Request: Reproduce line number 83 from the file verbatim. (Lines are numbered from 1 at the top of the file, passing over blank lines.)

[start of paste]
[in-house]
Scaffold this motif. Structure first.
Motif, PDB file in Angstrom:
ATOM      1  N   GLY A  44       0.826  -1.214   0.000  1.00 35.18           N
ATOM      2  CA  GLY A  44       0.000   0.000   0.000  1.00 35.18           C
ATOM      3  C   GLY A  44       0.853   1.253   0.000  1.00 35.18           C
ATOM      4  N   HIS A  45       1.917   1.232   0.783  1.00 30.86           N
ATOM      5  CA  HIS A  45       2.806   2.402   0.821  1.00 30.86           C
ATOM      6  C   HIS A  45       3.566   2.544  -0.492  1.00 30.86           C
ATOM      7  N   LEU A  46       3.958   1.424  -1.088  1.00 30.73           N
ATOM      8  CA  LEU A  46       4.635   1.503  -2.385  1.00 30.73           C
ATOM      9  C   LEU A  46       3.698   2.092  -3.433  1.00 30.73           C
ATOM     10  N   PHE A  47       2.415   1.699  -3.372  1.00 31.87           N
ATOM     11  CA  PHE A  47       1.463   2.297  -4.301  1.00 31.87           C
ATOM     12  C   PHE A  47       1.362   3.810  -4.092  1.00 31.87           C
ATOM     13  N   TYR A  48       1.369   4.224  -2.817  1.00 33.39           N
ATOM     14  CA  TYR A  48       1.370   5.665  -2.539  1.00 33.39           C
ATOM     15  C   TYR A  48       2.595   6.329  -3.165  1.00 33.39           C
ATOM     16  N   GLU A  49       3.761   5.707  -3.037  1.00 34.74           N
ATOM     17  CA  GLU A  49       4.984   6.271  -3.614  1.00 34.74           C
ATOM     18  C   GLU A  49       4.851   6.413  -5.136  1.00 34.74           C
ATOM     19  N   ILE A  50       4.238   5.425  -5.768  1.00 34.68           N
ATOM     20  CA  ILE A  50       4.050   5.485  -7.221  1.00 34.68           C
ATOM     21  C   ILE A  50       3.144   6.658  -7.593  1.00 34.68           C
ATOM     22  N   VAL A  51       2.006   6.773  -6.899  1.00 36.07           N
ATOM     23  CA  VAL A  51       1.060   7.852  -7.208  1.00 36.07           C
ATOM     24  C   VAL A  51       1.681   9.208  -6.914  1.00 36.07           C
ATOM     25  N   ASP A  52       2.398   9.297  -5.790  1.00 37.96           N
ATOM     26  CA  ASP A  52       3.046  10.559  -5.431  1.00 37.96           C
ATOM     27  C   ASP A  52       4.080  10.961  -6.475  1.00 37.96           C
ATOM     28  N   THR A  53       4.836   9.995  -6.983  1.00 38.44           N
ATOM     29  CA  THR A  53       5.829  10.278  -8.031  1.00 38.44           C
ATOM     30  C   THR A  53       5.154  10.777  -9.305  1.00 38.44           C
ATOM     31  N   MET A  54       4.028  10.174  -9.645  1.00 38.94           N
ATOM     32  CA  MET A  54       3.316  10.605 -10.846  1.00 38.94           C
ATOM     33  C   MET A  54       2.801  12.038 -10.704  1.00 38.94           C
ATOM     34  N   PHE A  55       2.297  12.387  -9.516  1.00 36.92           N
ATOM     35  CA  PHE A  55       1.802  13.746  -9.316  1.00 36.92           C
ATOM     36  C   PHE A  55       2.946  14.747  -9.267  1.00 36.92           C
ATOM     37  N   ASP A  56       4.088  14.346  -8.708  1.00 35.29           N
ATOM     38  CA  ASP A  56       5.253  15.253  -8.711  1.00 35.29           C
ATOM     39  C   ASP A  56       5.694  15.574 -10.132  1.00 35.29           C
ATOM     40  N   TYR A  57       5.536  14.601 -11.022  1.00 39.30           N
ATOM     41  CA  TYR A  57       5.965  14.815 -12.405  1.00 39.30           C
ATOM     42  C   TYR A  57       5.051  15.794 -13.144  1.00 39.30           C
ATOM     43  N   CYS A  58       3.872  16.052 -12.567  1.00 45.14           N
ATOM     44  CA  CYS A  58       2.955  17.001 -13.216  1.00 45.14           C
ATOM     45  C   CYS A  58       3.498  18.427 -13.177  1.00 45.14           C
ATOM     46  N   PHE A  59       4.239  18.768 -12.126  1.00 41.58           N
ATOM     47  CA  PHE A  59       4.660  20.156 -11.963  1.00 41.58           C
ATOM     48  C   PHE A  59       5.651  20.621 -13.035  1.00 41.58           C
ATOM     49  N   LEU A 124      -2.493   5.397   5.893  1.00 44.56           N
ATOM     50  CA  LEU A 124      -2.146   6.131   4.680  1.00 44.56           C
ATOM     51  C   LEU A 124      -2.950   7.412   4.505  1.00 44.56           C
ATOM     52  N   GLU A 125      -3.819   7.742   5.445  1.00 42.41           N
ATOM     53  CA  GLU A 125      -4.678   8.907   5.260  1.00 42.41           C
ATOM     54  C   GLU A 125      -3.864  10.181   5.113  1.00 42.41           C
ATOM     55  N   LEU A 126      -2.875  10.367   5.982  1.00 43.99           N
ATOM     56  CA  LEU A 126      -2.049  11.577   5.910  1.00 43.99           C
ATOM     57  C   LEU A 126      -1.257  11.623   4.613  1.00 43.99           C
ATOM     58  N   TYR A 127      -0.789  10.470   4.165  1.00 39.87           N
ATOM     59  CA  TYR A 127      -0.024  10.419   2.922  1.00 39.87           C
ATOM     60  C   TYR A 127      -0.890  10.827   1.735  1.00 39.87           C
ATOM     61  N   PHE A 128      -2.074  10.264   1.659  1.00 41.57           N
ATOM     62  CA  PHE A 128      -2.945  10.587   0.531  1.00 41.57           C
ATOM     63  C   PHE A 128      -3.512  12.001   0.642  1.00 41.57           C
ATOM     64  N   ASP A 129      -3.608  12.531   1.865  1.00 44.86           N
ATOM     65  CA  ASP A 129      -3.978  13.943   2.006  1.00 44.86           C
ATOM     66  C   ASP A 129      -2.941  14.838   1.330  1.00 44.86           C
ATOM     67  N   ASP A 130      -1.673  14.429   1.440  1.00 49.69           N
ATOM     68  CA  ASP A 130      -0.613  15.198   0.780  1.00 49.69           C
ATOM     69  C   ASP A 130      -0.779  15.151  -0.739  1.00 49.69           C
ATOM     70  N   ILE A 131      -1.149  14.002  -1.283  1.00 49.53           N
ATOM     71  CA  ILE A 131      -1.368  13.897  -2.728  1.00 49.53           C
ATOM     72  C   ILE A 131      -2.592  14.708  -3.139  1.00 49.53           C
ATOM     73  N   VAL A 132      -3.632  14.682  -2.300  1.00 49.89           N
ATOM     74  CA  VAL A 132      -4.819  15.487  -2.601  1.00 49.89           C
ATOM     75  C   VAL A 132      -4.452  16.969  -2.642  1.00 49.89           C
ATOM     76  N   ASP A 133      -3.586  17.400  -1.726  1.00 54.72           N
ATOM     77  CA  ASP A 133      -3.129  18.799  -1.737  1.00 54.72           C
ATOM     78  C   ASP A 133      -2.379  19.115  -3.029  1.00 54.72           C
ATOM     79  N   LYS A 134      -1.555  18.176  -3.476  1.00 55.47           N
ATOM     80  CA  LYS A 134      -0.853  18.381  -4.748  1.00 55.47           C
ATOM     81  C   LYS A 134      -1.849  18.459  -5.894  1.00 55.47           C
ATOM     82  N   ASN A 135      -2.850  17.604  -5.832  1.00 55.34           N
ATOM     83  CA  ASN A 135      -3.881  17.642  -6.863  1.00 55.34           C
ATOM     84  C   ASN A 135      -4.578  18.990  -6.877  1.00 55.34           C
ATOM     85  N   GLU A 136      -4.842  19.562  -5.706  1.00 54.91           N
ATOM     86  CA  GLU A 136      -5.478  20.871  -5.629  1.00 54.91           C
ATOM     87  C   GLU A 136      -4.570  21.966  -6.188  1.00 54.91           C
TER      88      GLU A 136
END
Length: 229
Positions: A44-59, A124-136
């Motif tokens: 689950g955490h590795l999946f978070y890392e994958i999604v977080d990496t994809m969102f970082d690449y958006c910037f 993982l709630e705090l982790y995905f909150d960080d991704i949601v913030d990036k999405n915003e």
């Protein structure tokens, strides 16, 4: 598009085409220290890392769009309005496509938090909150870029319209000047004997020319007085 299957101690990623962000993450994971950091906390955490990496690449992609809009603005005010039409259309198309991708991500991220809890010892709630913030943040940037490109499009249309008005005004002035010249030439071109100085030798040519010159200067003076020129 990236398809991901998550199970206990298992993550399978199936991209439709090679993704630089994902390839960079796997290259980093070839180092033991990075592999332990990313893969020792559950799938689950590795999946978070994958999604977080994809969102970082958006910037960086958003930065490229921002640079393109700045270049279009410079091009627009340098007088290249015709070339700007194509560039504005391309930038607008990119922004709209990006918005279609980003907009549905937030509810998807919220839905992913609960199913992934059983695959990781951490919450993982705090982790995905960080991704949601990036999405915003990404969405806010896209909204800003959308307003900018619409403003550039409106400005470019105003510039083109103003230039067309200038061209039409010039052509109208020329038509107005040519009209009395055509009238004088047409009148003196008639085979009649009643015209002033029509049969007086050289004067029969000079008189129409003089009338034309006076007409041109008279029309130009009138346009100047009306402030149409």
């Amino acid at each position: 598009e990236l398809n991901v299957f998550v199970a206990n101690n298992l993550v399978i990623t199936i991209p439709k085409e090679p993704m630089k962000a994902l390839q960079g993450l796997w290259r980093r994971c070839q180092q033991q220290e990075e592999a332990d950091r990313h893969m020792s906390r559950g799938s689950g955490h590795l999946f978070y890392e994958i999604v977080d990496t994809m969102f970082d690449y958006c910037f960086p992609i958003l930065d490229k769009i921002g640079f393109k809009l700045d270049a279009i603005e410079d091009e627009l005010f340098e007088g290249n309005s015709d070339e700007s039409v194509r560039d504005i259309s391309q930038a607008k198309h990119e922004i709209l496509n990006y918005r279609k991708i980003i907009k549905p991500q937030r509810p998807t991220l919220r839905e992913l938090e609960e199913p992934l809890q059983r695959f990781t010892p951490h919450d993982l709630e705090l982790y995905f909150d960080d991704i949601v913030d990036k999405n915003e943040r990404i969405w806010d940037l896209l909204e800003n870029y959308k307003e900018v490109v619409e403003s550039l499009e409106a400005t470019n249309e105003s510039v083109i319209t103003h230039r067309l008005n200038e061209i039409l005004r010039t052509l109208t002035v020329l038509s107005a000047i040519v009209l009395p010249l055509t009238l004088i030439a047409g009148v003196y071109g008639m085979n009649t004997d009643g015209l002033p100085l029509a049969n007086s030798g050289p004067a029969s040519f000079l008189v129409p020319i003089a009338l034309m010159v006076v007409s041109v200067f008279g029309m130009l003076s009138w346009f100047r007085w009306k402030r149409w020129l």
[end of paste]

ATOM     80  CA  LYS A 134      -0.853  18.381  -4.748  1.00 55.47           C